Congress Considering Bill To Eliminate Gaps In Coverage

If you are turning 65 soon you might be looking for information on your Medicare eligibility, and what exactly having Medicare means.  Medicare provides insurance to seniors under plans known as Parts A and B. Part A is hospital insurance, and Part B is medical insurance. While Part A is free, Part B is only covered up to 80% by Medicare, leaving you to pay for the other 20%. Unfortunately, some people are unaware that they must sign up for Part B within a certain timeframe, and can face a Medicare penalty. 

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In order for Medicare beneficiaries to avoid a penalty, Congress will begin notifying them to sign up before they turn 65.

Currently Medicare does not notify you when it is time to sign up and it is up to you to be aware of the standard enrollment periods. If you do not sign up for Medicare Part B within the specified enrollment period, then you will face a life-long penalty. Luckily, in order to help people avoid this penalty, Congress is considering making revisions to a bill called the BENES Act.

The Medicare Penalty

Medicare Part A normally kicks in when you turn 65 on its own, there is no action required from you. You can enroll in Part B three months before you turn 65, the month you turn 65, and three months after the month you turn 65. While it is mandatory to enroll into Medicare Part A when you turn 65, you do have the option to opt out and put off your enrollment into Part B. Generally this will cause a penalty to be applied to your future Medicare rates unless you qualify for a special enrollment period.

The qualifications for a special enrollment period are:

  • You have coverage by a group health plan through you or your spouse’s current employment.
  • During the 8 months following the month your group health plan coverage ends, or when the employment ends (whichever is first).

If you do not qualify for a special enrollment period, then you will only be able to join during The General Enrollment Period, or GEP.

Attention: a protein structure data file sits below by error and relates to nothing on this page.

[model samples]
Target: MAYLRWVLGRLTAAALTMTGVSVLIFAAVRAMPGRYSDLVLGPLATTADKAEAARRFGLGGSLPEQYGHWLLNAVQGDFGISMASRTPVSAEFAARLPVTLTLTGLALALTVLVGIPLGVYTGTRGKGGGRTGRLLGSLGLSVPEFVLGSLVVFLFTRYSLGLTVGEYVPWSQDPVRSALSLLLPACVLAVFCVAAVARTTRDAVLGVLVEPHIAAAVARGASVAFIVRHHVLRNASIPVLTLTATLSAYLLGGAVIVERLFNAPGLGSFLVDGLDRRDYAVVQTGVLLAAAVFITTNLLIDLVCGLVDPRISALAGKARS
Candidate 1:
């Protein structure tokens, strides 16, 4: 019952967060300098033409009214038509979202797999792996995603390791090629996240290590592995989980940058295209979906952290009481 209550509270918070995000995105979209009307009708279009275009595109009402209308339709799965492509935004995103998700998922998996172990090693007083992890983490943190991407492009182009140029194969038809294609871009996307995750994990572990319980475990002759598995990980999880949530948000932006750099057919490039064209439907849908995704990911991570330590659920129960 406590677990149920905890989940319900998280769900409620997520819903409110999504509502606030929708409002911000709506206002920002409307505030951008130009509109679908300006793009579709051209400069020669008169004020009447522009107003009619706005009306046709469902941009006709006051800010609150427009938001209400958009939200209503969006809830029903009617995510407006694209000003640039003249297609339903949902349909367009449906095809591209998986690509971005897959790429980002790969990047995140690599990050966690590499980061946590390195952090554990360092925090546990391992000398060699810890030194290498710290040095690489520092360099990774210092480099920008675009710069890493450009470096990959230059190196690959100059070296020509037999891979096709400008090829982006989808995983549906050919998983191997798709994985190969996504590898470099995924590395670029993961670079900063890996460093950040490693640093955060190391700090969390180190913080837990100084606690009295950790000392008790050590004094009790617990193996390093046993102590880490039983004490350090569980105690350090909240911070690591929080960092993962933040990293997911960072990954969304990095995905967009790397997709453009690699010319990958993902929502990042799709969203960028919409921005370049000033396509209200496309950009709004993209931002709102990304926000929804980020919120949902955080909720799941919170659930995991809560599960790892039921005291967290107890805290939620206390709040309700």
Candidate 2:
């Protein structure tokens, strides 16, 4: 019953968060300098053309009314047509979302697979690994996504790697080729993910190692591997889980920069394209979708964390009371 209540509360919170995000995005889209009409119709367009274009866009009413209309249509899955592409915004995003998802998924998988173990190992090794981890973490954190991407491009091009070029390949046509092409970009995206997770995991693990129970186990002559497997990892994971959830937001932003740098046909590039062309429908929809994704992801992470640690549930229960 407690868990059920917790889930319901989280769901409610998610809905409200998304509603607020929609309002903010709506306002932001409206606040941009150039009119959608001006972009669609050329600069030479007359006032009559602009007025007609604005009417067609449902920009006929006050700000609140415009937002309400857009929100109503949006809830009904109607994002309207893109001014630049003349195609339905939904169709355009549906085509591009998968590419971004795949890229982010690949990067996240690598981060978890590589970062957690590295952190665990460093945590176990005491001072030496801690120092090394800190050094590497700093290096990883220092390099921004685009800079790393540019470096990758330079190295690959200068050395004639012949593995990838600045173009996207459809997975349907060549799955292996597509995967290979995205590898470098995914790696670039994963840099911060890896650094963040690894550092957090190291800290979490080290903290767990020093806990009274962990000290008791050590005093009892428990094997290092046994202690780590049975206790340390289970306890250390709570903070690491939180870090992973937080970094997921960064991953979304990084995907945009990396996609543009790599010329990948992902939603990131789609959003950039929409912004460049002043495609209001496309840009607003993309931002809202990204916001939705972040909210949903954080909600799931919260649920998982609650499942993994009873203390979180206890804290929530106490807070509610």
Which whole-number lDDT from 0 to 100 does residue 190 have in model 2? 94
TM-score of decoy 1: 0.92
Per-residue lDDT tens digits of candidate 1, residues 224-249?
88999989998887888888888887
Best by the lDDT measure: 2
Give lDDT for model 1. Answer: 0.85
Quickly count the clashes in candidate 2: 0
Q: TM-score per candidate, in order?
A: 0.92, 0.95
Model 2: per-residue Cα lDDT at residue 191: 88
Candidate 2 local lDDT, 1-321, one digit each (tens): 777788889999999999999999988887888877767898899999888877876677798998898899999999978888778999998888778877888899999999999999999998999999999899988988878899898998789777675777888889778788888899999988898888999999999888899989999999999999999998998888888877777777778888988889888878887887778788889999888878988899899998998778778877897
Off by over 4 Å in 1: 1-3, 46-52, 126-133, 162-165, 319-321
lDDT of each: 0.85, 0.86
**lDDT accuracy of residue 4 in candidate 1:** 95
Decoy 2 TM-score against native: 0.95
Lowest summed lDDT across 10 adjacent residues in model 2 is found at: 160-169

The GEP, which falls between January 1 and March 31 of every year, is the period of time when you can enroll in Medicare Part B for the first time. Coverage will then begin the following July. However, if you skipped the initial enrollment period when you turned 65 and waited for a GEP, you will be at risk of facing a penalty.

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If you miss the opportunity to sign up for Part B when you are eligible, you will face a 20% penalty for every year you did not sign up.

When you do decide to finally sign up for Medicare Part B, you will then have to pay an additional 10% on top of your monthly premiums. For every full 12-month period (calendar year) that you were eligible for Part B, but did not enroll in it, you will pay a 10% penalty for as long as you have Part B. For example, if you opt out of signing up for Part B benefits for two years, then you will face a 20% penalty fee added onto your monthly Part B premiums forever.

The Problem

Unfortunately, some seniors mistakenly assume they can skip Part B because they have a former employer’s insurance through the ACA, or for other reasons. This leads to the beneficiaries facing a monthly Part B penalty for the rest of their lives. According to research, in 2018, about 760,000 people were paying a late penalty onto their monthly Part B premium, increasing their costs an average of nearly 30%. Congress thankfully is stepping in to try and end the Medicare penalty by notifying the beneficiaries before they turn 65.

Congress’ Approach

Congress hopes to revise the Beneficiary Enrollment Notification and Eligibility Simplification (BENES) Act, so that Medicare & Medicaid Services are required to notify people before their 65th birthday about their Medicare eligibility. Currently, the government only contacts people who are receiving Social Security benefits to notify them when it is time to sign up for Medicare. 

The hope is that this would lead to beneficiaries avoiding the Part B penalty when they do not sign up for 12 or more months after they become eligible.

If passed, the revision would be the first one in five decades. This would move the GEP (January through March) window to the fall, which would coincide with the enrollment period for drug coverage and Medicare Advantage. It would also do away with the July effective date, and move it to January.

About The Author:
Cassandra Love

With over a decade of helpful content experience Cassandra has dedicated her career to making sure people have access to relevant, easy to understand, and valuable information. After realizing a huge knowledge gap Cassandra spent years researching and working with health insurance companies to create accessible guides and articles to walk anyone through every aspect of the insurance process.

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